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What are Human Rights?

Why are Human Rights Important?

Human Rights Characteristics

Where do Human Rights Come From?

Who is Responsibile for Uholding Human Rights?

How do Rights Become Law?

Q: What are Human Rights?

ANSWER: Human rights are standards that allow all people to live with dignity, freedom, equality, justice, and peace. Every person has these rights simply because they are human beings. They are guaranteed to everyone without distinction of any kind, such as race, color, sex, language, religion, political or other opinion, national or social origin, property, birth, or other status. Human rights are essential to the full development of individuals and communities.

Many people view human rights as a set of moral principles that apply to everyone. Human rights are also part of international law, contained in treaties and declarations that spell out specific rights that countries are required to uphold. Countries often incorporate human rights in their own national, state, and local laws.

Q: Why are Human Rights Important?

ANSWER: Human rights reflect the minimum standards necessary for people to live with dignity. Human rights give people the freedom to choose how they live, how they express themselves, and what kind of government they want to support, among many other things. Human rights also guarantee people the means necessary to satisfy their basic needs, such as food, housing, and education, so they can take full advantage of all opportunities. Finally, by guaranteeing life, liberty, equality, and security, human rights protect people against abuse by those who are more powerful.

According to the United Nations, human rights:

“Ensure that a human being will be able to fully develop and use human qualities such as intelligence, talent, and conscience and satisfy his or her spiritual and other















Human Rights Characteristics...



Q: Where do Human Rights come from?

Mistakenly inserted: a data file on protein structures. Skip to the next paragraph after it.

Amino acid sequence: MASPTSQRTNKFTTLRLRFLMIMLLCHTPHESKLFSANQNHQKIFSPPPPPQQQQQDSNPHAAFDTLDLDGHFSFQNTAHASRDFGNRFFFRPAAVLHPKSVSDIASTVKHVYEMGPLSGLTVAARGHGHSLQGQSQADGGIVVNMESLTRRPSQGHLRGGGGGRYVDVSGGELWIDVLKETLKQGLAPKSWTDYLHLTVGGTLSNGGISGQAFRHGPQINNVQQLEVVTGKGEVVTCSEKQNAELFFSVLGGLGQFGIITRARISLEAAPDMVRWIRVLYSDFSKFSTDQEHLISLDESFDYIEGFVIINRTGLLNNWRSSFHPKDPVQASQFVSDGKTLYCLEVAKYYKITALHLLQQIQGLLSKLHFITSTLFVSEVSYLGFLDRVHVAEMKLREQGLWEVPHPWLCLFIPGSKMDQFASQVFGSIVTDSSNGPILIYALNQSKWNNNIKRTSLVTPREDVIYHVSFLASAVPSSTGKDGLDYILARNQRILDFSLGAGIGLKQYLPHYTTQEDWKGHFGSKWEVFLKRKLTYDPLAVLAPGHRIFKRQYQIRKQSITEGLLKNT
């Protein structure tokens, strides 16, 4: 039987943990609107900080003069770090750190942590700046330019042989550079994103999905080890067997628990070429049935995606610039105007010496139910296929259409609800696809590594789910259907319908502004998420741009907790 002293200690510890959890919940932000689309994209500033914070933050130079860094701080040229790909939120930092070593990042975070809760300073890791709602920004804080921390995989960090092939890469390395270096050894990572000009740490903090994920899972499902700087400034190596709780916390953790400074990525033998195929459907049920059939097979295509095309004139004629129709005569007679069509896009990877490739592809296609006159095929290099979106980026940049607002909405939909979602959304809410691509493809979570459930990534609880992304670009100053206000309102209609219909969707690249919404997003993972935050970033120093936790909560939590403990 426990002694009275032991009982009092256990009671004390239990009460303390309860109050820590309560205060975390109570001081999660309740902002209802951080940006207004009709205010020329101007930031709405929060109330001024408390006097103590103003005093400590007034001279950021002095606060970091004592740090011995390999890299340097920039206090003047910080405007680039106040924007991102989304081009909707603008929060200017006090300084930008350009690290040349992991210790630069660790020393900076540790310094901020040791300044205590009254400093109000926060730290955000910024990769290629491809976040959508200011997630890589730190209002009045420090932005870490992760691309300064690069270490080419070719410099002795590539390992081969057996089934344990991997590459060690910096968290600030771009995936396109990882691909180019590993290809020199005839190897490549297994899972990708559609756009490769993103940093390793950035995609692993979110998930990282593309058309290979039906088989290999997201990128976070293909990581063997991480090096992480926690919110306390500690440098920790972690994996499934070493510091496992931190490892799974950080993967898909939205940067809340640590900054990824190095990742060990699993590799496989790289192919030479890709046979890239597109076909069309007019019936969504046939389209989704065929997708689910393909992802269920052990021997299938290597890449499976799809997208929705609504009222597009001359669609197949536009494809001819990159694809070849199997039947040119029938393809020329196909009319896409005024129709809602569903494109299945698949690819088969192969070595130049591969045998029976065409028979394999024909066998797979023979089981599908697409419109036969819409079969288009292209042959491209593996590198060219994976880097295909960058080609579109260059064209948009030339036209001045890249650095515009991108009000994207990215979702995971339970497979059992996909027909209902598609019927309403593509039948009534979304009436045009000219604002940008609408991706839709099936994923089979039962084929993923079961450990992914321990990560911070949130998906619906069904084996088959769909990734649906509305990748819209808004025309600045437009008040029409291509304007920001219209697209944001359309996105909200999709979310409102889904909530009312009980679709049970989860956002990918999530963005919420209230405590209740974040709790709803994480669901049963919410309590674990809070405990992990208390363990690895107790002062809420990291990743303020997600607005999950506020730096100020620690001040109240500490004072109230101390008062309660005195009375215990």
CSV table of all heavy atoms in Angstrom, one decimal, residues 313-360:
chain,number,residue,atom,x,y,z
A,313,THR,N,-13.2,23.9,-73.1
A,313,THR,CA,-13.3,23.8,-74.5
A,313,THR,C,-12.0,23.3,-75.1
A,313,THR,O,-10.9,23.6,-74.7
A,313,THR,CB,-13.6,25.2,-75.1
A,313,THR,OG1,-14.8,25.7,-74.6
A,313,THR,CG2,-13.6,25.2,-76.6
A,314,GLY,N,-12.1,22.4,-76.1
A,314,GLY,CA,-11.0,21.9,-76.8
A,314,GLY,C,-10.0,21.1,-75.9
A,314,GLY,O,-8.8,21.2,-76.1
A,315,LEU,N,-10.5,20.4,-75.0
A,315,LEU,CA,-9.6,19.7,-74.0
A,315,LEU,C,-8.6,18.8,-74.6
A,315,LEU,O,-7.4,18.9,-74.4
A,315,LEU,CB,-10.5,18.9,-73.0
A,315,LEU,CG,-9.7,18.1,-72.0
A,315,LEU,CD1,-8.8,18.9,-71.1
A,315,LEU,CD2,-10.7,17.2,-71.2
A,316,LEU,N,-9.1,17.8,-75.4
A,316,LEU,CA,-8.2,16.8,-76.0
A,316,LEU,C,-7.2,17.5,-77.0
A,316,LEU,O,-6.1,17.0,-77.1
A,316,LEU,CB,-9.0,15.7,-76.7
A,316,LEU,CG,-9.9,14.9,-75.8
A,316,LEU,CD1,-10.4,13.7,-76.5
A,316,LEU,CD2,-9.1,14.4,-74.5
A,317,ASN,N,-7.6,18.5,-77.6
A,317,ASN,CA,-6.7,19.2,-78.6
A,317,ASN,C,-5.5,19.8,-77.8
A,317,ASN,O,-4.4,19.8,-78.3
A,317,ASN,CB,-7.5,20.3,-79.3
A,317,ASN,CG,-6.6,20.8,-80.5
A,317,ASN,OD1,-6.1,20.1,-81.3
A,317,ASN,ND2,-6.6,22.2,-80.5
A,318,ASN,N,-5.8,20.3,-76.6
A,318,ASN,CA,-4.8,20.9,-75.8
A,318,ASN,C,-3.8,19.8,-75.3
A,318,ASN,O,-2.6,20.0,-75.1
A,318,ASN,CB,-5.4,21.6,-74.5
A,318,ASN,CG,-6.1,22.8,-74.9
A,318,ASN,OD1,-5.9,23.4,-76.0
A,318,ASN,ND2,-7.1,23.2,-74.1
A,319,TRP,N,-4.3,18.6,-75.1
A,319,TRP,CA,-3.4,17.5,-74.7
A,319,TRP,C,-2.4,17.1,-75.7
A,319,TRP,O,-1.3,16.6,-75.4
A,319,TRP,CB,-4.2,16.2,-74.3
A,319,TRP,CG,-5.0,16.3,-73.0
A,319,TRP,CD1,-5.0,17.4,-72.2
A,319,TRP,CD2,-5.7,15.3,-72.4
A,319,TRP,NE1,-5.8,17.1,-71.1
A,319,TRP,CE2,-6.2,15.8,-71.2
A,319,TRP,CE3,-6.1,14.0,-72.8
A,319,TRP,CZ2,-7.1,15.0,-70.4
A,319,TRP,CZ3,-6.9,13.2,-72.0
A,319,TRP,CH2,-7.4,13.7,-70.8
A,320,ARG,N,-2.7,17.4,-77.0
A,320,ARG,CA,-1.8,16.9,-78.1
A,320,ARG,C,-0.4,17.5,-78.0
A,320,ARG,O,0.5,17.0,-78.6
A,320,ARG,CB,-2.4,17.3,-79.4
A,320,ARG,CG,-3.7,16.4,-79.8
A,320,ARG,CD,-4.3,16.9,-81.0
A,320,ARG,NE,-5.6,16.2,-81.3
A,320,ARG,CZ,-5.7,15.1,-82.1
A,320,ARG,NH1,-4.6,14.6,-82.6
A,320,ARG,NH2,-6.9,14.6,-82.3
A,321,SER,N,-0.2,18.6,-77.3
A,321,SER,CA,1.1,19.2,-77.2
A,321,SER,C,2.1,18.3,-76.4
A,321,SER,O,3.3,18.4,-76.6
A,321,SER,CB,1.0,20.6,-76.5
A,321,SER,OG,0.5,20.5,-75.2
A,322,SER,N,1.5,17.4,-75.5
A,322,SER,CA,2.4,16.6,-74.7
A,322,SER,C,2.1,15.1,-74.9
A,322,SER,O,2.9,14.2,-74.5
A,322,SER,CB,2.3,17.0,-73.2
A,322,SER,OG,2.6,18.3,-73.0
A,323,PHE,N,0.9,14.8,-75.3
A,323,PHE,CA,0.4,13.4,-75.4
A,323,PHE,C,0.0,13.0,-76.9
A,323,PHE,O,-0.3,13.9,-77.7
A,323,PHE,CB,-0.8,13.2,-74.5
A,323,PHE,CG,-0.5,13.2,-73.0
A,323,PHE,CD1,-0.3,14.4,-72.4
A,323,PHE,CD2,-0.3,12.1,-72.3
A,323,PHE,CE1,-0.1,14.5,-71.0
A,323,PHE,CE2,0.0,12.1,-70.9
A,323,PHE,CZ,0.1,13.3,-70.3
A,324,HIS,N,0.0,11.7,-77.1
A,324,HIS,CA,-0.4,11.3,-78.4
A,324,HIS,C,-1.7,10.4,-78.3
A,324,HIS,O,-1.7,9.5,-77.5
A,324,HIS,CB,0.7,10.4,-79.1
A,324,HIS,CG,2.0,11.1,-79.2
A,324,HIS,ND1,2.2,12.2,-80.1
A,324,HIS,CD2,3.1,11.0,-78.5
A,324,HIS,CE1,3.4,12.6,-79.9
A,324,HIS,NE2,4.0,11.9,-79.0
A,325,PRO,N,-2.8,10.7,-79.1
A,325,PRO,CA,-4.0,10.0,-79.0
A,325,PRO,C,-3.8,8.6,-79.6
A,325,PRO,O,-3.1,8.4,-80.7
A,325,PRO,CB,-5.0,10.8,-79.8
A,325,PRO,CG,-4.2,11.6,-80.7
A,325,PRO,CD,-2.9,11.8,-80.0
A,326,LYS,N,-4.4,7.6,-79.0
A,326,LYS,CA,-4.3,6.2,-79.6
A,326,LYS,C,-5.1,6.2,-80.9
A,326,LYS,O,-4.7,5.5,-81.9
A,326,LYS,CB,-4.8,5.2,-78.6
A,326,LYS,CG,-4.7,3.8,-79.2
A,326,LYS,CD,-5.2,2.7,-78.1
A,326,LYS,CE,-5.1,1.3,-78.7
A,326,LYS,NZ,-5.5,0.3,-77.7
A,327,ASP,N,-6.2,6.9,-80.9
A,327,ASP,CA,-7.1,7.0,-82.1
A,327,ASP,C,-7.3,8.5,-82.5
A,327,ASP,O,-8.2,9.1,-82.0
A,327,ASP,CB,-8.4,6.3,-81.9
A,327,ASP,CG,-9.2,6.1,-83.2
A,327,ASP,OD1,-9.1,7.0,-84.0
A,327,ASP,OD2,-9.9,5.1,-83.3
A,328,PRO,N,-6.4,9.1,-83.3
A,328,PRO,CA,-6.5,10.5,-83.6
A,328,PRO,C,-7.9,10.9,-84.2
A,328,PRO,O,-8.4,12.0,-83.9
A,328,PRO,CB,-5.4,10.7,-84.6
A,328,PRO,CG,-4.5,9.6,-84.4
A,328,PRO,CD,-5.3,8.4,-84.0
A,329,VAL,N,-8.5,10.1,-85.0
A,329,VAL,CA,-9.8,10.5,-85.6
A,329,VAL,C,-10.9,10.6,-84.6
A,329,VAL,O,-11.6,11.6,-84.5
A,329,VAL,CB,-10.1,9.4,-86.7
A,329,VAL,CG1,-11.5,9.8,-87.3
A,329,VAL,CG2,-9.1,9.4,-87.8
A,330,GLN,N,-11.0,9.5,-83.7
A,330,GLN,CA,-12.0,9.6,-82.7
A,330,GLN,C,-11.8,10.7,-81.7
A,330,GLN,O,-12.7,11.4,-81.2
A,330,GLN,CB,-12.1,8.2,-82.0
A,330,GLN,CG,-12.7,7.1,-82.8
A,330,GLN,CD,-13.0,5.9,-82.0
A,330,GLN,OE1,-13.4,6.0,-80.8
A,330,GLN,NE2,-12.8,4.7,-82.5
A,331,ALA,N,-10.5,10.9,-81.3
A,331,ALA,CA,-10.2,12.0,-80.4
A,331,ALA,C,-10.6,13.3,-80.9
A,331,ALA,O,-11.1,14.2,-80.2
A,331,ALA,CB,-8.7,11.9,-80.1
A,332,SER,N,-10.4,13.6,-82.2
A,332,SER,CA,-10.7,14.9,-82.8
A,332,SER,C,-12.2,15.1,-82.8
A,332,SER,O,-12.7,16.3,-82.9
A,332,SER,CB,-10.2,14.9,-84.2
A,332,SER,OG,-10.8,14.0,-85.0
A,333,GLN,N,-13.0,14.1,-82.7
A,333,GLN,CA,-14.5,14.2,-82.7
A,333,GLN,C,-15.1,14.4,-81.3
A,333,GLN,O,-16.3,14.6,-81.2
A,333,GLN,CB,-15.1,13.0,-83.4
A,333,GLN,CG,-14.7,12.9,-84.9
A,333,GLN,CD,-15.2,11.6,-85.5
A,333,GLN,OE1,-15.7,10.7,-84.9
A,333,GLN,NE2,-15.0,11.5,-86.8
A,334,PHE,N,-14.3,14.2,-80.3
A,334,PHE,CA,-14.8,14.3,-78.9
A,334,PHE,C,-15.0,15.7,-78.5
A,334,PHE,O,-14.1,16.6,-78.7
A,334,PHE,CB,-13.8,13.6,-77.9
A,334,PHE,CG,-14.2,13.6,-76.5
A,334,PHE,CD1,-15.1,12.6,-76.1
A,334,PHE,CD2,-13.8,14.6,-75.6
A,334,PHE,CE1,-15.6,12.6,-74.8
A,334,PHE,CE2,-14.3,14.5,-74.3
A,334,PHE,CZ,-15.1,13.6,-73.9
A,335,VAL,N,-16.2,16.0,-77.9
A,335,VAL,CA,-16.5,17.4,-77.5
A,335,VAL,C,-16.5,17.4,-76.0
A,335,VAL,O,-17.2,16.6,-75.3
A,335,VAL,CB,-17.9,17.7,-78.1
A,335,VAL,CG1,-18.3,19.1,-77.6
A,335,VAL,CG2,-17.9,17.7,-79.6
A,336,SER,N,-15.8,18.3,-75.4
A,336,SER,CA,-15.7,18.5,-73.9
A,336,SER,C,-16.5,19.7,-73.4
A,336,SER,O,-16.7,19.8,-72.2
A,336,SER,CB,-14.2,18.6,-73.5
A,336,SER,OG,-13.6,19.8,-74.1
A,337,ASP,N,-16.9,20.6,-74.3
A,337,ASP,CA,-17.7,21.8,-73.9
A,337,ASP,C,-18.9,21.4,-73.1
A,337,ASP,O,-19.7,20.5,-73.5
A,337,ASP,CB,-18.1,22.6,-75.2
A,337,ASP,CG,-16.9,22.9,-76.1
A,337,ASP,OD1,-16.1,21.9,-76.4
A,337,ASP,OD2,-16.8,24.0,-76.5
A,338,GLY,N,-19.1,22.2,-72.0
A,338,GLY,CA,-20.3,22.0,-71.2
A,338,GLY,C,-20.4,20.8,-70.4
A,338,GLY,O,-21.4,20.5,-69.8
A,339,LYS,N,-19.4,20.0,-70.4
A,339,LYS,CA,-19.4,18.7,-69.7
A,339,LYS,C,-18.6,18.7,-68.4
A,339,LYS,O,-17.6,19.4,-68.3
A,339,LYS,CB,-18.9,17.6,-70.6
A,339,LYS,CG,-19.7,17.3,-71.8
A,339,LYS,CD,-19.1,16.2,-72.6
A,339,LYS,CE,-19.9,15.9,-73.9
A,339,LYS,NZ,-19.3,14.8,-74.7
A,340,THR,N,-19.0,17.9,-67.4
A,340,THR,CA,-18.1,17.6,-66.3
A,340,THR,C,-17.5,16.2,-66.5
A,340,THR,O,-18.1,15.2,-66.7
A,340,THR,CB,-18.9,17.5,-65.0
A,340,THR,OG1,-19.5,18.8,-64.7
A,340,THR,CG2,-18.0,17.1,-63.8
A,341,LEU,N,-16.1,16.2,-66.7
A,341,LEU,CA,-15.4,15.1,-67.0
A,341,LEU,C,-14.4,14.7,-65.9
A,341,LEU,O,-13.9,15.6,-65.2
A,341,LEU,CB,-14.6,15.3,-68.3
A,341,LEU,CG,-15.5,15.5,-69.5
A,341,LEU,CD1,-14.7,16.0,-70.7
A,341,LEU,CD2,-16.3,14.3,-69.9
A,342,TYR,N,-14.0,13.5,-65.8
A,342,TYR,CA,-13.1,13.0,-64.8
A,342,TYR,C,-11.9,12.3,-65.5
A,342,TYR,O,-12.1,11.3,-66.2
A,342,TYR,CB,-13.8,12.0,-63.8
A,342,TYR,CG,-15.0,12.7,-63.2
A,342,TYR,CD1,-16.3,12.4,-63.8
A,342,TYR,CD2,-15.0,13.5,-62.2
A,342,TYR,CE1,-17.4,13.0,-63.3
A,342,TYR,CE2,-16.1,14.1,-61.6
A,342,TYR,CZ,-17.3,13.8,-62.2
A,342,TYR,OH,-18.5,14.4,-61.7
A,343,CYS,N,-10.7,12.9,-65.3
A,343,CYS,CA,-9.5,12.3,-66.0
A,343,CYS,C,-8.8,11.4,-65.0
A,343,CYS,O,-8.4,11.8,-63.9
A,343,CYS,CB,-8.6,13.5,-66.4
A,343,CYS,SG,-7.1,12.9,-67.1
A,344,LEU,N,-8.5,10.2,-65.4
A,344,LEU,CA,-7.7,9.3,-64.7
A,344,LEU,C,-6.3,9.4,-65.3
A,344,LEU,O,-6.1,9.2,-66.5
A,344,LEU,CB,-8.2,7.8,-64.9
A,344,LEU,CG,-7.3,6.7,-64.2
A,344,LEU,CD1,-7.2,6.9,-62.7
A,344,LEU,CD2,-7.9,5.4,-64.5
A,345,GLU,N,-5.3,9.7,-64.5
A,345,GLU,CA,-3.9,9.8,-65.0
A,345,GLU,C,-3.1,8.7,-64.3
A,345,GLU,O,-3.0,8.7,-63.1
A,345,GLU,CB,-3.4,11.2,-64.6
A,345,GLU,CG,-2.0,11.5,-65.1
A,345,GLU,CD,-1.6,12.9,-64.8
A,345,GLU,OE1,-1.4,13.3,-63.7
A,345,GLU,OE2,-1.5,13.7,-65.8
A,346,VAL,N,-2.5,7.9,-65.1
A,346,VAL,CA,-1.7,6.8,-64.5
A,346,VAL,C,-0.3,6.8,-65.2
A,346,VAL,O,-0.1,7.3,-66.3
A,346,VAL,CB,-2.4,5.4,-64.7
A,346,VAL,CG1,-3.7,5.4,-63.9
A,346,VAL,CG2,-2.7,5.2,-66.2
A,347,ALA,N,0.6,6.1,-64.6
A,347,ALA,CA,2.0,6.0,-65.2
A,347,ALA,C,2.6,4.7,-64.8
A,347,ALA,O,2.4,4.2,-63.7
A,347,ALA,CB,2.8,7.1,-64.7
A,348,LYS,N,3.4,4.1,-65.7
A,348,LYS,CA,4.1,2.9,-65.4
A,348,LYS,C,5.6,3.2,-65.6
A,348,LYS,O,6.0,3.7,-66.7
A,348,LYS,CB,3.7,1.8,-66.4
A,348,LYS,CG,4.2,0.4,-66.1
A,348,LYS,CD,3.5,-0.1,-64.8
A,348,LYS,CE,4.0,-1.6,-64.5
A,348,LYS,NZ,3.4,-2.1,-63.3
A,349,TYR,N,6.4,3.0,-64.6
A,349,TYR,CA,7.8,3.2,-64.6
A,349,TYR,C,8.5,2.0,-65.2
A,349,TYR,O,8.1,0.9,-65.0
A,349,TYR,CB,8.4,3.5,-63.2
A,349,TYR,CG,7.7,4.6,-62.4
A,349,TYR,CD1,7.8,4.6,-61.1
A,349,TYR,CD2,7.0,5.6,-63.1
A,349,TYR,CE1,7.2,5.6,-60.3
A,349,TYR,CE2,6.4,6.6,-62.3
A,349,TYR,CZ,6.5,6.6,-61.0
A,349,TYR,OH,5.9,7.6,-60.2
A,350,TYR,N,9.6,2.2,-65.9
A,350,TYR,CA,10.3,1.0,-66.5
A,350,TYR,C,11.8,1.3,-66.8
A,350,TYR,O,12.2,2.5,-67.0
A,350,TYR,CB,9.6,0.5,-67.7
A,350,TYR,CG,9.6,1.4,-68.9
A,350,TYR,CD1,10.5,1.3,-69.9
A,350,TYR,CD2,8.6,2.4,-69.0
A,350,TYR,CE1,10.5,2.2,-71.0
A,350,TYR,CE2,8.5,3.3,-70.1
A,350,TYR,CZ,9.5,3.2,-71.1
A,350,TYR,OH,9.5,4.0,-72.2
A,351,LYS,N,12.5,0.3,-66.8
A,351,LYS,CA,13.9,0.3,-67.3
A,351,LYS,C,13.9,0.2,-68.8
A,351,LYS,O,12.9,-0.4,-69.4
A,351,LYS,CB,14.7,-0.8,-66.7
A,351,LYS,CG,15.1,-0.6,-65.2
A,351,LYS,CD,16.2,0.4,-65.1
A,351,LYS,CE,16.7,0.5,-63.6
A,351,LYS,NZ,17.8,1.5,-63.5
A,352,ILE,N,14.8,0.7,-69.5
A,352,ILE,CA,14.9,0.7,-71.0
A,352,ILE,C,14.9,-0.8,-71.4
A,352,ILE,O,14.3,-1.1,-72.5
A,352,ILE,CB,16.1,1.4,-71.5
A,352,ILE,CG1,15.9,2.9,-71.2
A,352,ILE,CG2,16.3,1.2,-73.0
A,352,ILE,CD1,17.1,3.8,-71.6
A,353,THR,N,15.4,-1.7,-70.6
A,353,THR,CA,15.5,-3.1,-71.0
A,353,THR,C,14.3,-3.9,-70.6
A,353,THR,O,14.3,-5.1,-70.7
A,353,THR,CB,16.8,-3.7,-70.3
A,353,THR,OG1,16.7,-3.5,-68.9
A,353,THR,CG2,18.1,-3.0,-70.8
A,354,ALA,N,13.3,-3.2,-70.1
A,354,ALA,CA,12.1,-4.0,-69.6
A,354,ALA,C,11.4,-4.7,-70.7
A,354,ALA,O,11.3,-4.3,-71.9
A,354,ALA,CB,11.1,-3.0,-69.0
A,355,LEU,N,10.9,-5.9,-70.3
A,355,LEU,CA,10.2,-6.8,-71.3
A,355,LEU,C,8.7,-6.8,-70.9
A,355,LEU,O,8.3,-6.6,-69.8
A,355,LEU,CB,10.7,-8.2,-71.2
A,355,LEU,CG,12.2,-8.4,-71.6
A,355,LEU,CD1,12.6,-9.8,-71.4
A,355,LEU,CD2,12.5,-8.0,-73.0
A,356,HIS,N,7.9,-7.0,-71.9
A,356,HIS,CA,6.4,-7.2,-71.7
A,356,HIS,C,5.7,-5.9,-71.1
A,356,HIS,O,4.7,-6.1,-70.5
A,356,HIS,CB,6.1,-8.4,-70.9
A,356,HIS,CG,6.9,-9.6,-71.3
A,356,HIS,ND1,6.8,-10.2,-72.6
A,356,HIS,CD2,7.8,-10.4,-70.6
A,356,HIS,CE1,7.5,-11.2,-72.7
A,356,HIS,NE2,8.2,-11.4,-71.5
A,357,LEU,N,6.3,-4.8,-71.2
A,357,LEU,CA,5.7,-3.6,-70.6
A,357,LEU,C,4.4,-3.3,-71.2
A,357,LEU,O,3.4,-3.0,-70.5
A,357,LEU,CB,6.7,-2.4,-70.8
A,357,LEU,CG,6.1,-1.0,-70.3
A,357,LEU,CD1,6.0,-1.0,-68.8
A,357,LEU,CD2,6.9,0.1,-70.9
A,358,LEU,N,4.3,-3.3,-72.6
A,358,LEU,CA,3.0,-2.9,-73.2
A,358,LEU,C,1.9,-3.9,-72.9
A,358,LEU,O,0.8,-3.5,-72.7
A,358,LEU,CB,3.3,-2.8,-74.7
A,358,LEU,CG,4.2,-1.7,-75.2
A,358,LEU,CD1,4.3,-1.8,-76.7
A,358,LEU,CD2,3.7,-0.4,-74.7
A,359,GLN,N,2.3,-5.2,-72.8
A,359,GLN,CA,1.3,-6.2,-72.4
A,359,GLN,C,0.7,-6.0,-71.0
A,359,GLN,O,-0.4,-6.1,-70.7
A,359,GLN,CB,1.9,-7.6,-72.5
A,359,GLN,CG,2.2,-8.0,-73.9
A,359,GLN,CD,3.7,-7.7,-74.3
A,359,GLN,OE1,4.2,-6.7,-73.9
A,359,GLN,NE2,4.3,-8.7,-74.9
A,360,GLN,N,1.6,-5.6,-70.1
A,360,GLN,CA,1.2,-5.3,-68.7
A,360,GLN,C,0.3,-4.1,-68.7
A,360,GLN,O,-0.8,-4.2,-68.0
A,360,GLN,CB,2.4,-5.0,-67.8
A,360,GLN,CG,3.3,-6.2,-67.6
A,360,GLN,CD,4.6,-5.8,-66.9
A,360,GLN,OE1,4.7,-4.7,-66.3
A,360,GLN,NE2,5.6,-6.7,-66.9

ANSWER: The modern human rights era can be traced to struggles to end slavery, genocide, discrimination, and government oppression. Atrocities during World War II made clear that previous efforts to protect individual rights from government violations were inadequate. Thus was born the Universal Declaration of Human Rights (UDHR) as part of the emergence of the United Nations (UN).

The UDHR was the first international document that spelled out the “basic civil, political, economic, social and cultural rights that all human beings should enjoy.” The declaration was ratified without opposition by the UN General Assembly on December 10, 1948.

When it was adopted, the UDHR was not legally binding, though it carried great moral weight. In order to give the human rights listed in the UDHR the force of law, the UN drafted two treaties, the International Covenant on Civil and Political Rights (ICCPR) and the International Covenant on Economic, Social and Cultural Rights (ICESCR). The division of rights between these two covenants is artificial, reflecting the global ideological divide during the Cold War. Though politics prevented the creation of a unified treaty, the two covenants are interconnected, and the rights contained in one covenant are necessary to the fulfillment of the rights contained in the other. Together, the UDHR, ICCPR, and ICESCR are known as the International Bill of Human Rights. They contain a comprehensive list of human rights that governments must respect, protect, and fulfill.